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From:Steven J. Murdoch <bugtraq+Steven.Murdoch_(at)_cl.cam.ac.uk>
Date:20 ноября 2007 г.
Subject:Wordpress Cookie Authentication Vulnerability

Wordpress Cookie Authentication Vulnerability

Original release date: 2007-11-19
Last revised: 2007-11-19
Latest version: http://www.cl.cam.ac.uk/users/sjm217/advisories/wordpress-cookie-auth.txt
CVE ID: <pending>
Source: Steven J. Murdoch <http://www.cl.cam.ac.uk/users/sjm217/>

Systems Affected:

Wordpress 1.5 -- 2.3.1 (including current version, as of 2007-11-19)


With read-only access to the Wordpress database, it is possible to
generate a valid login cookie for any account, without resorting to a
brute force attack. This allows a limited SQL injection vulnerability
to be escalated into administrator access.

This vulnerability is known to be actively exploited, hence the
expedited public release.

I. Description

For authentication, the Wordpress user database stores the MD5 hash
of login passwords. A client is permitted access if they can present a
password whose hash matches the stored one.

$ mysql -u wordpress -p wordpress
  Enter password: ********

  mysql> SELECT ID, user_login, user_pass FROM wp_users;
  | ID | user_login  | user_pass                        |
  |  1 | admin       | 4cee2c84f6de6d89a4db4f2894d14e38 |

Of course, entering your password after each action that requires
authorization would be exceptionally tedious. So, after logging in,
Wordpress presents the client with two cookies:


The cookie names contains the MD5 hash (6092...1a5f) of the blog URL.
The value of wordpressuser_... is the login name, and the value of
wordpresspass is the double-MD5 hash of the user password.

Wordpress will permit access to a given user account if the
wordpressuserpass_... cookie matches the hash of the specified user's
wp_users.user_pass database entry.

In other words, the database contains MD5(password) and the cookie
contains MD5(MD5(password)). It is thus trivial to convert a database
entry into an authentication cookie.

At this point the vulnerability should be clear. If an attacker can
gain read access to the wp_user table, for example due to a publicly
visible backup or SQL injection vulnerability, a valid cookie can be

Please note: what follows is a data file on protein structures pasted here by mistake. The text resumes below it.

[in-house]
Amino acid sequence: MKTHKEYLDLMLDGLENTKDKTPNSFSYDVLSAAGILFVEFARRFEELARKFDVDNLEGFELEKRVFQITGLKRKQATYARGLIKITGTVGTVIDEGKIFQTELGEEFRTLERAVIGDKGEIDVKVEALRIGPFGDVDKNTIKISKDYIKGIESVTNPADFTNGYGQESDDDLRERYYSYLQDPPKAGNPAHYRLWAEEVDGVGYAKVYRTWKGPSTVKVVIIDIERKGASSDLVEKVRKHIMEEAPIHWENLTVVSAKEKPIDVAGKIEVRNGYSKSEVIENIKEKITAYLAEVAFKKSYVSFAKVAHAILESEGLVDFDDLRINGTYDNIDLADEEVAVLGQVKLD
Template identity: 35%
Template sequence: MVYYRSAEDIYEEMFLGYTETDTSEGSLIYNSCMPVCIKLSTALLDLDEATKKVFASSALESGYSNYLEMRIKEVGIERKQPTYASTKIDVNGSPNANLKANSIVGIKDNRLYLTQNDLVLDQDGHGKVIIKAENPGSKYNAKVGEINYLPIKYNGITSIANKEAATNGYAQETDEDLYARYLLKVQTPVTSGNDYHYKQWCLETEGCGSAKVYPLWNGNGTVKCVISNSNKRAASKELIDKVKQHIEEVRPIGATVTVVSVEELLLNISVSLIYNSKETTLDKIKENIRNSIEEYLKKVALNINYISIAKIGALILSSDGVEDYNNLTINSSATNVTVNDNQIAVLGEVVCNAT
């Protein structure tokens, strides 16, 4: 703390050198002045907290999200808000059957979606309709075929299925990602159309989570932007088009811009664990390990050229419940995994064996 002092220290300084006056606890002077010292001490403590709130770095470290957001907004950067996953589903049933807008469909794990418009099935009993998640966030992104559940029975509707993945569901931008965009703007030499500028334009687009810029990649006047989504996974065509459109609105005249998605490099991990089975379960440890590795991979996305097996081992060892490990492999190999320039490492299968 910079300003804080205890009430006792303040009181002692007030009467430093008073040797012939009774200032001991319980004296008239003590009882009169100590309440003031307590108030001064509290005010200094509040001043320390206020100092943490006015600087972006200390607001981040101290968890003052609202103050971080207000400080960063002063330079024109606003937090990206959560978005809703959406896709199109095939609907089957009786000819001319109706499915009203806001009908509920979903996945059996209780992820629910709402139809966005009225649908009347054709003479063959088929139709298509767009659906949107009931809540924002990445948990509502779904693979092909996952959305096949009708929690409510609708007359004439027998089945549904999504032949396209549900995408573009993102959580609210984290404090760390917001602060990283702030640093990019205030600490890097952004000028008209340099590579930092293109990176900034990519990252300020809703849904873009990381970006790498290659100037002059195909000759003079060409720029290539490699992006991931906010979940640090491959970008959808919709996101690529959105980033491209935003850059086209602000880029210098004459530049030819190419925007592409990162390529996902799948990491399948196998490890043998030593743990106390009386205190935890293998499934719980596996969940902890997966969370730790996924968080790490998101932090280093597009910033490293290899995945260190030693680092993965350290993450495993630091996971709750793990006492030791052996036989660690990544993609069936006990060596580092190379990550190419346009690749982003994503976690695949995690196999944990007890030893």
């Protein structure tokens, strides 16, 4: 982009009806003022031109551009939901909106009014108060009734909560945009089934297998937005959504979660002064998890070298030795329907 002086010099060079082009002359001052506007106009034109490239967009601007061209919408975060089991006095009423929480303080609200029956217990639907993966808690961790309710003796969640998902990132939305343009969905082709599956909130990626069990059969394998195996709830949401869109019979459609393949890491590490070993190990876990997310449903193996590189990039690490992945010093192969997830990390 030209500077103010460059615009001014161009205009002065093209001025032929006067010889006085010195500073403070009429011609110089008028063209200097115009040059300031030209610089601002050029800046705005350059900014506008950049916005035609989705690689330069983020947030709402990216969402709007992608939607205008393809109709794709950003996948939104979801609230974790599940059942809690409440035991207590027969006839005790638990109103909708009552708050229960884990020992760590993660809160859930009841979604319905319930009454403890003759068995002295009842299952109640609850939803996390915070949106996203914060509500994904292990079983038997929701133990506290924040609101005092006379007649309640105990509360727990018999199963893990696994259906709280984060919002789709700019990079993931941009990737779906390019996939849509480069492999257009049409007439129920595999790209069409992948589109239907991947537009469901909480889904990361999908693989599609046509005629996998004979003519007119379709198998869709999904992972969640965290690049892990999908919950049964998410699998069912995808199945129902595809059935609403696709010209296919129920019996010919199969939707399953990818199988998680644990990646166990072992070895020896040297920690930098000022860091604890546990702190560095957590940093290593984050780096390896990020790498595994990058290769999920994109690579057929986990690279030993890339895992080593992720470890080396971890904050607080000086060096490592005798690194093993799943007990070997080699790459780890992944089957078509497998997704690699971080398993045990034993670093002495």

generated for any account.

This applies even if the user's password is sufficiently complex to
resist brute force and rainbow table attacks. While it should be
computationally infeasible to go backwards from MD5(password) to
password, the attacker needs only to go forwards.

The exploitation steps are therefore:
 1) Find the hash of the blog URL: Either just look at the URL, or
    create an account to get a user cookie
 2) Read the user_pass entry from wp_users table: Look for
    backups, perform SQL injection, etc...
 3) Set the following cookies:
 4) You have admin access to the blog

II. Impact

A remote attacker, with read access to the password database can gain
administrator rights. This may be used in conjunction with an SQL
injection attack, or after locating a database backup.

An attacker who has alternatively compromised the database of one
Wordpress blog can also gain access to any other whose users have the
same password on both.

III. Solution

No vendor patch is available.
No timeline for a vendor patch has been announced.


- Protect the Wordpress database, and do not allow backups to be
- Keep your Wordpress installation up to date. This should reduce the
  risk that your database will be compromised.
- Do not share passwords across different sites.
- If you suspect a database to be compromised, change all passwords
  to different ones. It is not adequate to change the passwords to
  the same ones, since Wordpress does not "salt" [1] the password
- Remove write permissions on the Wordpress files for the system
  account that the webserver runs as. This will disable the theme
  editor, but make it more difficult to escalate Wordpress
  administrator access into the capability to execute arbitrary code
- Configure the webserver to not execute files in any directory
  writable by the webserver system account (e.g. the upload

Potential fixes:

 The problem occurs because it is easy to go from the password hash
 in the database to a cookie (i.e the application of MD5 is the wrong
 way around). The simplest fix is to store MD5(MD5(password)) in the
 database, and make the cookie MD5(password). This still makes it
 infeasible to retrieve the password from a cookie, but means that it
 is also infeasible to generate a valid cookie from the database

 However, there are other vulnerabilities in the Wordpress cookie and
 password handling, which should be resolved too:

 - Passwords are unsalted [2], leaving them open to brute force, rainbow
   table and other attacks [3].
 - It is impossible to revoke a cookie without changing the user's
 - Cookies do not contain an expiry time, so are always valid (until
   the user's password changes)
 - There ought to be an option to limit cookies to a particular
   IP address or range.


 [1] http://en.wikipedia.org/wiki/Salt_(cryptography)
 [2] http://trac.wordpress.org/ticket/2394
 [3] http://www.lightbluetouchpaper.org/2007/11/16/google-as-a-password-cracker/


2007-10-29: [email protected] notified; no response
2007-11-02: [email protected] notified;
            Confirmation of active exploitation requested by Wordpress
2007-11-02: Confirmation sent; no response
2007-11-19: Advisory released to full-disclosure and BugTraq

w: http://www.cl.cam.ac.uk/users/sjm217/

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